[0012] During the normal operation period, the first address comparing unit activates a tag hit signal when the internal address output from the central processor coincides with the branch address retained in the tag register. Upon the activation of the tag hit signal is, the data selecting unit outputs to the central processor instruction data read from the data register corresponding to the tag register containing the hit branch address. That is, the central processor can fetch the instruction data from the external memory without a wait. Upon the inactivation of the tag hit signal, the data selecting unit outputs to the central processor instruction data corresponding to the branch address read from the external memory.

[0013] A predetermined number of ones of the prefetch buffers are assigned to second prefetch buffers which are disabled for rewrite. Consequently, even when branch addresses are output from the central processor frequently, it is possible to prevent certain branch addresses and instruction data retained in the second prefetch buffers from being rewritten. As a result, the central processor can be improved in instruction fetch efficiency while the entire system performance can also be improved. The fetch efficiency can be improved particularly in such systems that branch addresses occur frequently and some of them occur repeatedly.

[0014] According to another aspect of the memory interface circuit of the present invention, a split register stores either the number of prefetch buffers to be used as the first prefetch buffer(s) or the number of the same to be used as the second prefetch buffer(s). Each of the prefetch buffers is assigned to either the first prefetch buffer or the second prefetch buffer depending on a value of the split register during an initial setting period preceding the normal operation period. The number of second prefetch buffers can be set to a desired number by setting the value of the split register according to system characteristics. In other words, it is possible to provide an optimum memory interface circuit for the system.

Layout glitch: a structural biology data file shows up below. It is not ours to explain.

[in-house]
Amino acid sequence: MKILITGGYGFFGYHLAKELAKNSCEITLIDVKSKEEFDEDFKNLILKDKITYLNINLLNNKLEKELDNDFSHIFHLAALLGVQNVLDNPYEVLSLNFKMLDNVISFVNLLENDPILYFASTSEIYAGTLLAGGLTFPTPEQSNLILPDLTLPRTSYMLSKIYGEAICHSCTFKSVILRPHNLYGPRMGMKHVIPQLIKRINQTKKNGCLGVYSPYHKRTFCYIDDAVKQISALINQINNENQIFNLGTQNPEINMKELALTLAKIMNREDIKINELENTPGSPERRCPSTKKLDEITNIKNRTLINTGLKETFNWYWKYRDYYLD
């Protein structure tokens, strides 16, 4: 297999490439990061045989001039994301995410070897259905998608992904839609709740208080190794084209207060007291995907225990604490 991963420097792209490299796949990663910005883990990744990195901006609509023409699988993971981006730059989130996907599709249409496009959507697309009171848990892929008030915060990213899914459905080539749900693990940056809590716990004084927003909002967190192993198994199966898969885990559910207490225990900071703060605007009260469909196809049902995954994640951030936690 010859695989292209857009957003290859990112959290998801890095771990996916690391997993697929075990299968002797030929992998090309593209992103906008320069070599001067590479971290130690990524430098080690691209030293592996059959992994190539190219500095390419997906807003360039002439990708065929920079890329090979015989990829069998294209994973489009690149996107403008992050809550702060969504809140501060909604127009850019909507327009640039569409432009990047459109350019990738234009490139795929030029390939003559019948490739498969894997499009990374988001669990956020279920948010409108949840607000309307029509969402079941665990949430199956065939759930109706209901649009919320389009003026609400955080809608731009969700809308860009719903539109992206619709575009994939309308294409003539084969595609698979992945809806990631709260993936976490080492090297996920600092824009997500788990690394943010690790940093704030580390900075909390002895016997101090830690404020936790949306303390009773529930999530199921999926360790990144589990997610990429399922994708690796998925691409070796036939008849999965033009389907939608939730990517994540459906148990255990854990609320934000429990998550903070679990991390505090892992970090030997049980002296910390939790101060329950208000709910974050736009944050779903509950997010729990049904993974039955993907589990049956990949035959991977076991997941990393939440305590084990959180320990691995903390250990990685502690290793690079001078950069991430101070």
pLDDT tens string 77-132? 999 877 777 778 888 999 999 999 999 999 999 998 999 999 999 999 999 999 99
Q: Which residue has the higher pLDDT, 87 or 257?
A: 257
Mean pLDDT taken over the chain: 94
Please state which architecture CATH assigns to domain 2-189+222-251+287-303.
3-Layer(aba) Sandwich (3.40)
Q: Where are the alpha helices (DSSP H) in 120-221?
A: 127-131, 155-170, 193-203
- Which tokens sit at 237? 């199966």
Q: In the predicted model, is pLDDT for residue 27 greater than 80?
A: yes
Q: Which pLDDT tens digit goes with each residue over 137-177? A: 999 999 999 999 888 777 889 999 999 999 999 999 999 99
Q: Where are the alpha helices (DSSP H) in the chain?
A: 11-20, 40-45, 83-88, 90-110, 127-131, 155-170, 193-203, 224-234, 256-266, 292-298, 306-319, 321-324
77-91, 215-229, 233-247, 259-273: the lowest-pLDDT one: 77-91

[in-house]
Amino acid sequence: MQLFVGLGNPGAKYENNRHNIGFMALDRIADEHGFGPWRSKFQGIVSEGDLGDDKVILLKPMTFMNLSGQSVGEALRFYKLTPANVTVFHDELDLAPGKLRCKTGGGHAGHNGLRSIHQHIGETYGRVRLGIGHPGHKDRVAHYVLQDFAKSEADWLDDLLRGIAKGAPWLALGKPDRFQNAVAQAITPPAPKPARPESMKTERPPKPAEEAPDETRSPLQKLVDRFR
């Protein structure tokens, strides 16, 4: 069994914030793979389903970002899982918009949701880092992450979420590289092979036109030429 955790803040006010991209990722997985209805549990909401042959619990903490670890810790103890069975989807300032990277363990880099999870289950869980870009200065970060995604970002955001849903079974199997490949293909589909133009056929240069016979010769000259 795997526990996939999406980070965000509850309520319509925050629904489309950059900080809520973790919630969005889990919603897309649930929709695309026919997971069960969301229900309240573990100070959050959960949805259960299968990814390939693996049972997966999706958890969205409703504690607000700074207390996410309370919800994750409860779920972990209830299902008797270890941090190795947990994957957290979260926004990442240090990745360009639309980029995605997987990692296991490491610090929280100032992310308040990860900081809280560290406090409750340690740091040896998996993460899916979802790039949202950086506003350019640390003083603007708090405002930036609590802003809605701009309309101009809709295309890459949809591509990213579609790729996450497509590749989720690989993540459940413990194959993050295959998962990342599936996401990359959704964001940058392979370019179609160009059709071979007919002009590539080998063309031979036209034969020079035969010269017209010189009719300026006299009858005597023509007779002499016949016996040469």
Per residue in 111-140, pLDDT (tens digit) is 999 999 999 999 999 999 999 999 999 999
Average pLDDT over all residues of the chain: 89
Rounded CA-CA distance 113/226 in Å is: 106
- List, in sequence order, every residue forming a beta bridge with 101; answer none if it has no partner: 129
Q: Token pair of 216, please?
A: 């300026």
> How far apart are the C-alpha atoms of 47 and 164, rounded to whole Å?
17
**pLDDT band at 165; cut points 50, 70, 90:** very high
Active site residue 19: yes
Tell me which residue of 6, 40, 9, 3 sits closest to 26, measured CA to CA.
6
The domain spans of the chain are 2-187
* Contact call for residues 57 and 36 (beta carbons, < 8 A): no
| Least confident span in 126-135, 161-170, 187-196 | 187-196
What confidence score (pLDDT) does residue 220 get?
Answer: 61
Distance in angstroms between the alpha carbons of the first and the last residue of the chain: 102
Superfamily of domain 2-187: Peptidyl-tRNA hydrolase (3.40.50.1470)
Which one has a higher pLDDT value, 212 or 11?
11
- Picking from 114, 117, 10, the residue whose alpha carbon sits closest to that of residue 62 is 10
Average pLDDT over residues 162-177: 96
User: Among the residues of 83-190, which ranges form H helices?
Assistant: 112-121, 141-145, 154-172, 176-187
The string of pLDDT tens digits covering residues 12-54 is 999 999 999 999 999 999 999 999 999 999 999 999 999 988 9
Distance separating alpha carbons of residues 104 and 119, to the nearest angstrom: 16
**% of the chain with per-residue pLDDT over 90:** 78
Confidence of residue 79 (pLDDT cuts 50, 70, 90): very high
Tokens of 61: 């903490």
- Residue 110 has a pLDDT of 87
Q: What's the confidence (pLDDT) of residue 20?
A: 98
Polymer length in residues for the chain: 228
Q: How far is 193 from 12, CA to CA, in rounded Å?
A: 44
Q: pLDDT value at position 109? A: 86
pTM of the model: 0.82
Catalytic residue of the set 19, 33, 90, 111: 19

[0015] According to another aspect of the memory interface circuit of the present invention, the main control unit receives a branch address through a data bus connected to the central processor and stores the received branch address in the tag register of the second prefetch buffer during an initial setting period preceding the normal operation period. The main control unit stores instruction data stored in an area of the external memory designated by this branch address into the data register corresponding to the tag register of the second prefetch buffer. This eliminates the need for the central processor to store the instruction data in the data register of the second prefetch buffer. As a result, the central processor can be improved in performance during the initial setting period.

[0016] According to another aspect of the memory interface circuit of the present invention, the main control unit stores the branch address received through the data bus in the tag register of the second prefetch buffer during the initial setting period. Then, in response to the start register being set by a write from the central processor, the main control unit outputs the branch address retained in the tag register of the second prefetch buffer to the external memory through the address generating unit, and stores instruction data read from the external memory in the data register corresponding to the tag register of the second prefetch buffer. Due to the provision of the dedicated start register, the central processor can easily control the main control unit to store the instruction data in the data register of the second prefetch buffer at arbitrary timing.